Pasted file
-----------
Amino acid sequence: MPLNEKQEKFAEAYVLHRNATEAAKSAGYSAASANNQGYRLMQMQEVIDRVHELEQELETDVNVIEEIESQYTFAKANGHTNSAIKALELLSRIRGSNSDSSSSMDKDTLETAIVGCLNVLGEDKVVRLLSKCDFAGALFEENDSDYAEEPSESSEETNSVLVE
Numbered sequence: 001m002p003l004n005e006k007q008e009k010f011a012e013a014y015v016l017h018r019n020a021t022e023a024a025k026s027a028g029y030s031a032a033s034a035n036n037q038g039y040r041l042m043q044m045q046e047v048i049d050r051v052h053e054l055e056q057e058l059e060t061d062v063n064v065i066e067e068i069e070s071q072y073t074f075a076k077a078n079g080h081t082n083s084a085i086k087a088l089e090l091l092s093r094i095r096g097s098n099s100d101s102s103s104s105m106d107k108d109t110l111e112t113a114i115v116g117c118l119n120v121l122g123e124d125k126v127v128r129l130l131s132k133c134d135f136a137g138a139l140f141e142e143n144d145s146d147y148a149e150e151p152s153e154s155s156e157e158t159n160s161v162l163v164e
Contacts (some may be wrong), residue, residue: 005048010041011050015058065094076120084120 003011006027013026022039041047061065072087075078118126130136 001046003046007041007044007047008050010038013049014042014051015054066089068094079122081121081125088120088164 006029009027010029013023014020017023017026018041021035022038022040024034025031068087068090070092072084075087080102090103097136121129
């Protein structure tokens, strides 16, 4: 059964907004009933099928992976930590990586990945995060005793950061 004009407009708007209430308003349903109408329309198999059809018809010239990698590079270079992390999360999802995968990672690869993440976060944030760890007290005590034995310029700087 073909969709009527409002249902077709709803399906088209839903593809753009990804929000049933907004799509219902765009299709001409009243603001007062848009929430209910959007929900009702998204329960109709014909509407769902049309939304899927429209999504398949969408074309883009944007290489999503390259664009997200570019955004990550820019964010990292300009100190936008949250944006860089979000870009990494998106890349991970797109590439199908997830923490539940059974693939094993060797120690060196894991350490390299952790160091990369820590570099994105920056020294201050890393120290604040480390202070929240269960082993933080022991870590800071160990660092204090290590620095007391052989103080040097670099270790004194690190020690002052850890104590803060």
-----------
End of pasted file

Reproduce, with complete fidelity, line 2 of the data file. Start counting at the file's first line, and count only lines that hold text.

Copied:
Numbered sequence: 001m002p003l004n005e006k007q008e009k010f011a012e013a014y015v016l017h018r019n020a021t022e023a024a025k026s027a028g029y030s031a032a033s034a035n036n037q038g039y040r041l042m043q044m045q046e047v048i049d050r051v052h053e054l055e056q057e058l059e060t061d062v063n064v065i066e067e068i069e070s071q072y073t074f075a076k077a078n079g080h081t082n083s084a085i086k087a088l089e090l091l092s093r094i095r096g097s098n099s100d101s102s103s104s105m106d107k108d109t110l111e112t113a114i115v116g117c118l119n120v121l122g123e124d125k126v127v128r129l130l131s132k133c134d135f136a137g138a139l140f141e142e143n144d145s146d147y148a149e150e151p152s153e154s155s156e157e158t159n160s161v162l163v164e